When the Board of Supervisors held a work session on the proposed Willow Glen subdivision near the Charlottesville Airport, two basic themes emerged.

First, does the county have enough land designated as Light Industrial Service? And second, does the developer’s proposed proffer to include moderately priced housing fit into the County’s evolving proffer policy?

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George Ray, one of the developers of Willow Glen, addresses the Board of Supervisors while his attorney, Valerie Long, looks on

Some of the land for the proposed Willow Glen development is currently designated in the Comprehensive Plan as Light Industrial Service but is currently zoned for Rural Area use. The owners of the 23 acres want all of the land to be reclassified in the Places29 Master Plan from Light Industrial Service to Urban Density Residential. That along with a rezoning to Planned Residential would allow them to construct 234 units of housing ranging from affordable townhomes to single family detached houses.

On August 14, the Planning Commission voted to support the Willow Glen development through changes in the Places29 Master Plan, and recommend approval of the rezoning. The Commission set several conditions on the rezoning. One was approval from the Board of Supervisor’s on the proffer policy suggested by the applicant.

Wayne Cilimberg, the County’s Director of Planning and Community Development, says the planning staff was concerned about the loss of industrial land, especially land close to the airport. He said the Commission recommended the change because the developer was offering to build affordable and moderate housing at the location. Commission members also were concerned that residents of the neighboring Deerwood subdivision would object to any rezoning for industrial uses.

The county’s Business Development Facilitator, Susan Stimart, wrote a memo to Senior Planner Judy Wiegand which pointed out that “land designated for Industrial Service in the Comprehensive Plan” has decreased from a 1993 level of 1,381 acres to the 2005 level of 932 acres.” Additionally, there are 300 underutilized acres of County land zoned Light Industrial. She suggested that undeveloped land near the airport should remain available for that option, particularly in light of the emerging fields of bio-technology. During the work session, she told the Board that it was important to keep land available, because the UVa Research Park only allows tenants to lease space.

Counsel for the developer, Valerie Long of the firm Williams and Mullen, disagreed with Stimart’s numbers. She  said her study found 803 acres of industrially designated land that could be developed for that purpose.  Supervisor Ken Boyd (Rivanna) wanted to know how much land has been developed as Light Industrial in the last five years, data that was not readily available at the time of the meeting.

Long told the Board that her client had come up with a very integrated approach that offers a creative way to tackle the problem of workforce housing through proffers.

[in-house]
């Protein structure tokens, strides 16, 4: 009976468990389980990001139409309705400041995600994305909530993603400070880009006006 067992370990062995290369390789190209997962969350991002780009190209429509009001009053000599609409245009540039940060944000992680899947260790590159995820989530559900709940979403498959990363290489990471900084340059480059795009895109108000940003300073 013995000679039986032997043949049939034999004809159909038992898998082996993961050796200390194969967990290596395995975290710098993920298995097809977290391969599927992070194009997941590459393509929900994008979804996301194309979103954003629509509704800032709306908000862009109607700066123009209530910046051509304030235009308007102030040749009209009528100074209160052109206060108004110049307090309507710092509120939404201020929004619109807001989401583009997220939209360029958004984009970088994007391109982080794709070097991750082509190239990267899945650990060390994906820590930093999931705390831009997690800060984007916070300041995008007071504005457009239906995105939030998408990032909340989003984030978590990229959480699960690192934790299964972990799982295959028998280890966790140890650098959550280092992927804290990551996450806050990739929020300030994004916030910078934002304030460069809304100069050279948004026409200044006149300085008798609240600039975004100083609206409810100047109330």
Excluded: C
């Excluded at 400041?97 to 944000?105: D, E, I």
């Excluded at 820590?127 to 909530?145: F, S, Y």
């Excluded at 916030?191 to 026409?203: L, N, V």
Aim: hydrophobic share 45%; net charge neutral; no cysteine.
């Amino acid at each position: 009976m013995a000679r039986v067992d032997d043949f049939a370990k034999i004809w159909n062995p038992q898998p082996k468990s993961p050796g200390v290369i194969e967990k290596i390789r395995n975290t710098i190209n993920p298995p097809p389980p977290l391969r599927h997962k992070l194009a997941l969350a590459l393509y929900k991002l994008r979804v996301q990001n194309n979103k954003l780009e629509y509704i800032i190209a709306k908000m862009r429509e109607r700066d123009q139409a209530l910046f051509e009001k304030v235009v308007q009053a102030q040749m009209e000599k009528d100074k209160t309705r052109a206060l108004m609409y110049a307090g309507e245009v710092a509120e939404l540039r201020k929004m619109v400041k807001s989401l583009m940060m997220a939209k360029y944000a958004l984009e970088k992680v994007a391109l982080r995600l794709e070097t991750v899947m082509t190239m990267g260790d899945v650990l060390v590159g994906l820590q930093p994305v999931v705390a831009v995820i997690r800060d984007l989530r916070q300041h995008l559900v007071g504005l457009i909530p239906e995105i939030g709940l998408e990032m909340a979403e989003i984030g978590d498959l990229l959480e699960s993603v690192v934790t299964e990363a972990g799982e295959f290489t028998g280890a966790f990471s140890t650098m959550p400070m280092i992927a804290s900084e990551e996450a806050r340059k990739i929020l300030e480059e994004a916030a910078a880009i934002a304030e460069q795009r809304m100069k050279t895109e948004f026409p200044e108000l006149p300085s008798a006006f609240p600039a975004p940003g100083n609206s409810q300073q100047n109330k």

Plans for the proposed Willow Glen subdivision

The applicant has offered to proffer 35 units at an “affordable” rate, consistent with the County’s policy of 15 percent of any new development.  Additionally, the applicants have offered to sell an additional 10 percent (24 units) at a “moderate” price, and these units would be targeted towards people who make up to 125 percent of the area’s average median income. Those units would only be sold to people who participate in a Housing Loan Fund to be set up by the developer. Fifty-five percent of each cash proffer would go towards this fund. The remaining 45 percent would be split between the County’s capital budget and money specifically to go towards transit.

“What the applicant is proffering to do is use a portion of the cash proffers to establish this loan fund, and it would assist buyers of moderately priced units,” Cilimberg said. “It would be structured to be self replenishing and once Willow Glen is complete, it could be used for housing in other parts of the County.”

But, the Supervisors wanted to talk about land use first.

Supervisor Sally Thomas (Samuel Miller) told her colleagues that she felt the land was worth reserving for industrial use. “We’re in dire need of moderate sized light industrial,” she said. “It could be a support facility for the kind of industry that is not going to be encouraged by the University at its research park.”

Supervisor Dennis Rooker (Jack Jouett) agreed, and mentioned the Board has gradually allowed land along the 29 corridor to be re-designated from industrial use to other uses, perhaps putting the County at economic risk.

“It’s probably reasonably appropriate on those areas on 29 that have a very high retail value, and it would be overly expensive for someone to use for light industrial use,” he said. “While at the same time we have a huge number of residential units that have been approved pursuant to rezonings that have not yet been built. If Biscuit Run eventually gets built, we’ll have 1,000 affordable units in the pipeline.”

Supervisor David Slutzky (Rio) said his initial reaction was to keep the land designated as industrial, but he felt the affordable and moderate housing goals put forth in the proposal helped him reconsider.

“It may be accurate to say we have a dwindling supply of Light Industrial (LI) zoning, but I’m not hearing of a flood of users for LI space that are not finding them.”

Thomas responded that she has recently met a business owner who wanted to keep his business in Albemarle County, but he was forced to move to Zion Crossroads in Fluvanna County. “When these are support industries, we are hurting ourselves because it just means more traffic on the roads.”

Valerie Long said her client had looked at the land price and concluded it would be too expensive to develop for commercial purposes. She added any rezoning would also be difficult.

“It’s not zoned Light Industrial. It’s zoned Rural Area. So any light industrial user who came along and wanted to develop a project there would have to go through the lengthy and very expensive rezoning process,” said Long.

Long said neighboring landowners almost unanimously said they preferred to make the land residential, and that no one spoke in opposition at the Planning Commission’s public hearing in August.

“When you look at Willow Glen, surrounded by residential development at Deerwood, residential development at Hollymead Town Center, it really wasn’t so out of character to propose that Willow Glen be redesignated.” She reminded the Supervisors that the Planning Commission agreed.